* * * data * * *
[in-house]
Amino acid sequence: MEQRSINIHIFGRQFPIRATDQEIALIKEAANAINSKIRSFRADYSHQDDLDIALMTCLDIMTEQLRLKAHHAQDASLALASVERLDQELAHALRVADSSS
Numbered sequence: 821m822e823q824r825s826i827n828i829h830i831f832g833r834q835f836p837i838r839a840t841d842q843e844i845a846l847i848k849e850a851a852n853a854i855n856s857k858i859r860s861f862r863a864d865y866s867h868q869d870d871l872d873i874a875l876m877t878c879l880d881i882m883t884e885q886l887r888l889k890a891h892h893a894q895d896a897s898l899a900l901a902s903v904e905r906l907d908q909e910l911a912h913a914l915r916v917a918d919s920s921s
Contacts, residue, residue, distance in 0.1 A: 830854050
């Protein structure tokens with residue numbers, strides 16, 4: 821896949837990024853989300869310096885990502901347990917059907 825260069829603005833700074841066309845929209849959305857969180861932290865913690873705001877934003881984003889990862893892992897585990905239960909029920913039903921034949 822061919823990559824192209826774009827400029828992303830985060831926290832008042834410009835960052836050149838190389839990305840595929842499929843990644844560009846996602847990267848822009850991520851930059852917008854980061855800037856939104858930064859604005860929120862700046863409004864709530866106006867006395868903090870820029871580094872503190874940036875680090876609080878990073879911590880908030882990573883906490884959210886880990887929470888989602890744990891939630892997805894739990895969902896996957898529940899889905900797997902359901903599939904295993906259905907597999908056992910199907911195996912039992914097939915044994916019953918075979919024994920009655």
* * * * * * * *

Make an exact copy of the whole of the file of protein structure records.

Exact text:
[in-house]
Amino acid sequence: MEQRSINIHIFGRQFPIRATDQEIALIKEAANAINSKIRSFRADYSHQDDLDIALMTCLDIMTEQLRLKAHHAQDASLALASVERLDQELAHALRVADSSS
Numbered sequence: 821m822e823q824r825s826i827n828i829h830i831f832g833r834q835f836p837i838r839a840t841d842q843e844i845a846l847i848k849e850a851a852n853a854i855n856s857k858i859r860s861f862r863a864d865y866s867h868q869d870d871l872d873i874a875l876m877t878c879l880d881i882m883t884e885q886l887r888l889k890a891h892h893a894q895d896a897s898l899a900l901a902s903v904e905r906l907d908q909e910l911a912h913a914l915r916v917a918d919s920s921s
Contacts, residue, residue, distance in 0.1 A: 830854050
């Protein structure tokens with residue numbers, strides 16, 4: 821896949837990024853989300869310096885990502901347990917059907 825260069829603005833700074841066309845929209849959305857969180861932290865913690873705001877934003881984003889990862893892992897585990905239960909029920913039903921034949 822061919823990559824192209826774009827400029828992303830985060831926290832008042834410009835960052836050149838190389839990305840595929842499929843990644844560009846996602847990267848822009850991520851930059852917008854980061855800037856939104858930064859604005860929120862700046863409004864709530866106006867006395868903090870820029871580094872503190874940036875680090876609080878990073879911590880908030882990573883906490884959210886880990887929470888989602890744990891939630892997805894739990895969902896996957898529940899889905900797997902359901903599939904295993906259905907597999908056992910199907911195996912039992914097939915044994916019953918075979919024994920009655």